O'Malley's Key Three

GREENSBORO, N.C. -- The forgotten man, the real MVP, and the December miss that rang true when it mattered most.

Jerian Grant had received his MVP trophy. Steve Vasturia (the silent assassin), Pat Connaughton (the rock), and Demetrius Jackson (the stone-cold, killer) had been honored as first, first, and second-team All-Tournament players, respectively.

And with them stood the lone ranger.

Six-feet-ten, drenched in sweat, hugged by a head coach that has used nearly three full seasons of every coaching method known to mankind to harness the still-developing talent that is Zach Auguste -- Notre Dame's unsung hero of the 2015 ACC Final Four

"He was great last night against Okafor," said Irish head coach Mike Brey of his junior big man. "He gave himself up and fouled out playing post defense and he's (recently) taken it to a whole other level. I think he’s another major reason we won this thing. He is really becoming consistent, focused, I’m thrilled how he’s playing right now, and he was great both nights."

Auguste finished Saturday's title tilt with 16 points and 13 rebounds -- 11 and 7 of which came in the second half. For the better part of of 30 minutes Notre Dame couldn't buy a rebound. For the remaining 10, Auguste seemingly grabbed all of them.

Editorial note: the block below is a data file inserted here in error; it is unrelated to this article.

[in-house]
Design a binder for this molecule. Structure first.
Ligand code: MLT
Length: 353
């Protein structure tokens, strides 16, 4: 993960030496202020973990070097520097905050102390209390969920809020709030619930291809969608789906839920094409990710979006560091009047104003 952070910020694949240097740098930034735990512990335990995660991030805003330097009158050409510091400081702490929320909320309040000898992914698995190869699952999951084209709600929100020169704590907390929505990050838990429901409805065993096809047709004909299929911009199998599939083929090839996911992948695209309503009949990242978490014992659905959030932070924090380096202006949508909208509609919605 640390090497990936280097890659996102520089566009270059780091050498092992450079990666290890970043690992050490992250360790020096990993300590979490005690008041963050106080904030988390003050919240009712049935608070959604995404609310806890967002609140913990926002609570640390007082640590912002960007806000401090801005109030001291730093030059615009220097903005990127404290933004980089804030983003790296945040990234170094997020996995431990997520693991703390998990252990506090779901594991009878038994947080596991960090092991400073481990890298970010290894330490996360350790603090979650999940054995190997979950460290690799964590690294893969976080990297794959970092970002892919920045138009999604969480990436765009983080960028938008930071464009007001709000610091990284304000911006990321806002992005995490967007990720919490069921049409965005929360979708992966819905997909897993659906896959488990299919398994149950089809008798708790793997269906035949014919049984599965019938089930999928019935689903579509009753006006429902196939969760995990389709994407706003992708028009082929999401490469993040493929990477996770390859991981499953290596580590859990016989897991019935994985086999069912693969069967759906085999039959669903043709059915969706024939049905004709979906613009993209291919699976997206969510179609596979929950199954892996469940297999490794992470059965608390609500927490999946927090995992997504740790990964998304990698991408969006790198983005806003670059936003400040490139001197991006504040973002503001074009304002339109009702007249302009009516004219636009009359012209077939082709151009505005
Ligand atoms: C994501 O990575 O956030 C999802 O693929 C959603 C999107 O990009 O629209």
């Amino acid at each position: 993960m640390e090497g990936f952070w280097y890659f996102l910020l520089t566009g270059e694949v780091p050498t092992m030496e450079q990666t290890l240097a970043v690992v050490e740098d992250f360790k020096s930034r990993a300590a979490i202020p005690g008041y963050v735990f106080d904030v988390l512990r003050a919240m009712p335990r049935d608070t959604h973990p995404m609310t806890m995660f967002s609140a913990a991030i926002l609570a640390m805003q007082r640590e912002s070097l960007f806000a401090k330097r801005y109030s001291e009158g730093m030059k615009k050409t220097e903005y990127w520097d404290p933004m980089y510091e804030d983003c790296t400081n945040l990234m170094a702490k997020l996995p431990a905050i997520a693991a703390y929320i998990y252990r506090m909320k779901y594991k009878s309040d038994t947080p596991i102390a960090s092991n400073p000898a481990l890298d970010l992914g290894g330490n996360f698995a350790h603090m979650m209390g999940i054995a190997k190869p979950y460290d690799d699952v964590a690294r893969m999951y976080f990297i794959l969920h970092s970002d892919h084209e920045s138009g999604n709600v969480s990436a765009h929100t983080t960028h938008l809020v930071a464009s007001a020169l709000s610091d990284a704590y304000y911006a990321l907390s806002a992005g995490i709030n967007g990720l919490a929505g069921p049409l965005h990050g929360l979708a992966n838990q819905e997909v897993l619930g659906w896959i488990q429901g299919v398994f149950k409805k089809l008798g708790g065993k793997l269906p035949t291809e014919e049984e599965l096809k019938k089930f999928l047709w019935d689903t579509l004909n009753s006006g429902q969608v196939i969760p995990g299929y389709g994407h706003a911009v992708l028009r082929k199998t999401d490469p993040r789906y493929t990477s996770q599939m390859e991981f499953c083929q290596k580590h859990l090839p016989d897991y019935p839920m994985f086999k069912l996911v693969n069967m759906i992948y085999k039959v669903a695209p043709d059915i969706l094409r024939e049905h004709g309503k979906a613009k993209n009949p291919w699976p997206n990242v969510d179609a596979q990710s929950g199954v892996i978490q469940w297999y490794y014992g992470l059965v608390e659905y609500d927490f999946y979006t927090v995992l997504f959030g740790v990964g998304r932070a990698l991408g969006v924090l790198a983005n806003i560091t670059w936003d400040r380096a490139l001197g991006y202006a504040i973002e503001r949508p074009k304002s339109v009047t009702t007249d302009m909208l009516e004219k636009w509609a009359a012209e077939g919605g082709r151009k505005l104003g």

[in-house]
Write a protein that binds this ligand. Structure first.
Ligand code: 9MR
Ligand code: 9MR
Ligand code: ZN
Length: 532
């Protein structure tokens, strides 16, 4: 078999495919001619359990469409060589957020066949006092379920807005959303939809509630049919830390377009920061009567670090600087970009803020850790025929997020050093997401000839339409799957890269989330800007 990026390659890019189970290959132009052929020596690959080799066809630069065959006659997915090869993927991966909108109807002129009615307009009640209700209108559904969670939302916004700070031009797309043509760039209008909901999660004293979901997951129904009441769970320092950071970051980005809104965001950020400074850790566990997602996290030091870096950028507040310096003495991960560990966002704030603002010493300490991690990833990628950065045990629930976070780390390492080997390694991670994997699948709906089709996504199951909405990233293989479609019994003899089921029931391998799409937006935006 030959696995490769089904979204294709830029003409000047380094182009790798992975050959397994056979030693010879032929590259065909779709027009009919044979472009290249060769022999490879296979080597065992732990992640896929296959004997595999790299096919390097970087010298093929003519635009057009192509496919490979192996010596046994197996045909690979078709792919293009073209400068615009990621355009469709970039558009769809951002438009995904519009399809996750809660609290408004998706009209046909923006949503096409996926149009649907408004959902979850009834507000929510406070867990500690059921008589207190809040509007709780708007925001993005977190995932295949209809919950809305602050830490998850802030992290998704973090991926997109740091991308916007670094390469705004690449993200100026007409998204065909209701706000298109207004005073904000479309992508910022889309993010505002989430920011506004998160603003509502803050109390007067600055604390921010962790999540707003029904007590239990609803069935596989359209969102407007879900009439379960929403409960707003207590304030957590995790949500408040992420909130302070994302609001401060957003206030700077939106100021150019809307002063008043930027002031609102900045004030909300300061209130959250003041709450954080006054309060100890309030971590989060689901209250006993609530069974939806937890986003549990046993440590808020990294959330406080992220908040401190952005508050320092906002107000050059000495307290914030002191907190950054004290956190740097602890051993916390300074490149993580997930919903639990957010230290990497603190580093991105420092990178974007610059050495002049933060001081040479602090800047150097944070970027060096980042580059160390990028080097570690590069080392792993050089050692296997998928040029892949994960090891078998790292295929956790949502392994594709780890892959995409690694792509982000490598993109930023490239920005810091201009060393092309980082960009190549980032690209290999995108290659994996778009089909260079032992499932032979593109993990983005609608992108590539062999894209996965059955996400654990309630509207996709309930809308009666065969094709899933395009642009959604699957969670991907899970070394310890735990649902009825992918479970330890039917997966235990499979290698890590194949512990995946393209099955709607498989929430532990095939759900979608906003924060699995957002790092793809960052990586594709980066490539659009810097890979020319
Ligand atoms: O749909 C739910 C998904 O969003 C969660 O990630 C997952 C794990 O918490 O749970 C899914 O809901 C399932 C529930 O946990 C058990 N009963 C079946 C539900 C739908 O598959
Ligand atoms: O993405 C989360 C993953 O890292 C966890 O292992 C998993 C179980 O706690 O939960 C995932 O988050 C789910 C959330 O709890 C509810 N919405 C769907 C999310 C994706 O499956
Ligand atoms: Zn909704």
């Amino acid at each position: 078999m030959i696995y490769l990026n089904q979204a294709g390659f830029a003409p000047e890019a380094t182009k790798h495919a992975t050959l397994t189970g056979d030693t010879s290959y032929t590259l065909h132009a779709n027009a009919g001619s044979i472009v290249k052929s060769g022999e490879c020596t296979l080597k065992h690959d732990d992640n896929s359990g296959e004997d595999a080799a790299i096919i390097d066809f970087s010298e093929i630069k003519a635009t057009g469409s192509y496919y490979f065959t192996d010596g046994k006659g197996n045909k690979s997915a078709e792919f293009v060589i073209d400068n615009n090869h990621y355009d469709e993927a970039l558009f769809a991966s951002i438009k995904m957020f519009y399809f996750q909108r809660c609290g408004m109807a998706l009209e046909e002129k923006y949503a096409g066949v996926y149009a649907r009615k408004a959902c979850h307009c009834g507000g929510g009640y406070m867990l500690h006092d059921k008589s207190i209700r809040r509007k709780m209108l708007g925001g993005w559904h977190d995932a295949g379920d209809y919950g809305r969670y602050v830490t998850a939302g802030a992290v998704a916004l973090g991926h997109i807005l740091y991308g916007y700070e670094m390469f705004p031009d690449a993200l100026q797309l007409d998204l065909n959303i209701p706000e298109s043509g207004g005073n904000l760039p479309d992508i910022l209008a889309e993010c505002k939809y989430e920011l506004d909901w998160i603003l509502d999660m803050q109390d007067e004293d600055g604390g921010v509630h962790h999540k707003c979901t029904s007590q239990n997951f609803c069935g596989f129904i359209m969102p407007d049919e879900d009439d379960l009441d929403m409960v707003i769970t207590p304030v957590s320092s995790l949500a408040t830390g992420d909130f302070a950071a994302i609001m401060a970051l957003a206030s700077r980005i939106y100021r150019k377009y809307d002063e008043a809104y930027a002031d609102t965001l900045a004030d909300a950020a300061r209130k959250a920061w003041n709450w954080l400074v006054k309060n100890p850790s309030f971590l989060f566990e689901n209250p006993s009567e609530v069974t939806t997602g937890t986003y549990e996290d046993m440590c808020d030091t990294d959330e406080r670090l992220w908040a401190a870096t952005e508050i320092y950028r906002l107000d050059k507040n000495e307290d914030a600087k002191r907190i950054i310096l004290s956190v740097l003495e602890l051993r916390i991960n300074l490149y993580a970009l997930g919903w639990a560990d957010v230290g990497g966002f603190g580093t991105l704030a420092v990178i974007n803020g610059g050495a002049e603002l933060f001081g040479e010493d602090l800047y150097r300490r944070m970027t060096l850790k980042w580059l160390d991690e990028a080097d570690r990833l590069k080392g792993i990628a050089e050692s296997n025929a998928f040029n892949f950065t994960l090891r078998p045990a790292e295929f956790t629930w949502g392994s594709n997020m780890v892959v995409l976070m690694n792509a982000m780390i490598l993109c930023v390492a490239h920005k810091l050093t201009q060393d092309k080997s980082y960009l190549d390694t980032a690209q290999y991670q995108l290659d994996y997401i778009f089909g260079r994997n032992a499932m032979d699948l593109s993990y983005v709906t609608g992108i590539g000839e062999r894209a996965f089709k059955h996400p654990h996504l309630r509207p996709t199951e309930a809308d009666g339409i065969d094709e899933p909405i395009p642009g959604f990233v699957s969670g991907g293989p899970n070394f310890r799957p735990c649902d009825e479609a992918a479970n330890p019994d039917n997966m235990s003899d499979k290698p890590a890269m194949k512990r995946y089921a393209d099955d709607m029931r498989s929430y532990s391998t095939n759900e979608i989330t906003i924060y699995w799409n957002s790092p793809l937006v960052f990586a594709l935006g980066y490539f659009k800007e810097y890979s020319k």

"Notre Dame is probably, as I said when we played them the first time, and this time too, Notre Dame is probably the toughest match-up for us in the league," said North Carolina coach Roy Williams. "Because we try to play two big guys and Notre Dame is playing one medium-sized guy (Auguste) as their biggest guy. He played well too. 16 points, 13 rebounds. They had five guys that played really well."

Fittingly, Auguste had only others on his mind post-game.

"We wanted to do it for (Brey) and especially for Jerian and PC," said Auguste. "They’ve been through so much. We want to dedicate it to the seniors. They’ve been great leaders and they’ve helped us out so much."

On the ACC biggest stage, Auguste returned the favor.

Something needed to change. When a team converts field goals on 11 consecutive possessions and 12 of 13 to start the second half, a shakeup is in order.

So with 9:42 remaining in the ACC Championship game and his suddenly staggered Irish squad in a nine-point hole, Mike Brey had seen enough. Enough of a zone defense that seemed necessary to combat North Carolina's decisive height advantage.

It was time to play man-to-man against the taller, quicker, red-hot Tar Heels.

Might as well die with your boots on.

"At some point I said we're going to have to play man-to-man to get out of here and we're going to have to dig in right now," said Brey. "I said, 'Get a kill.' (A kill is three consecutive defensive stops.) Get me a kill and the whole complexion of this game changes."

Notre Dame got a kill. Two of them, to be exact. Six consecutive North Carolina possessions provided zero points. From unconscious to incompetent.

Credit the Irish defense, notably team and tournament MVP Jerian Grant.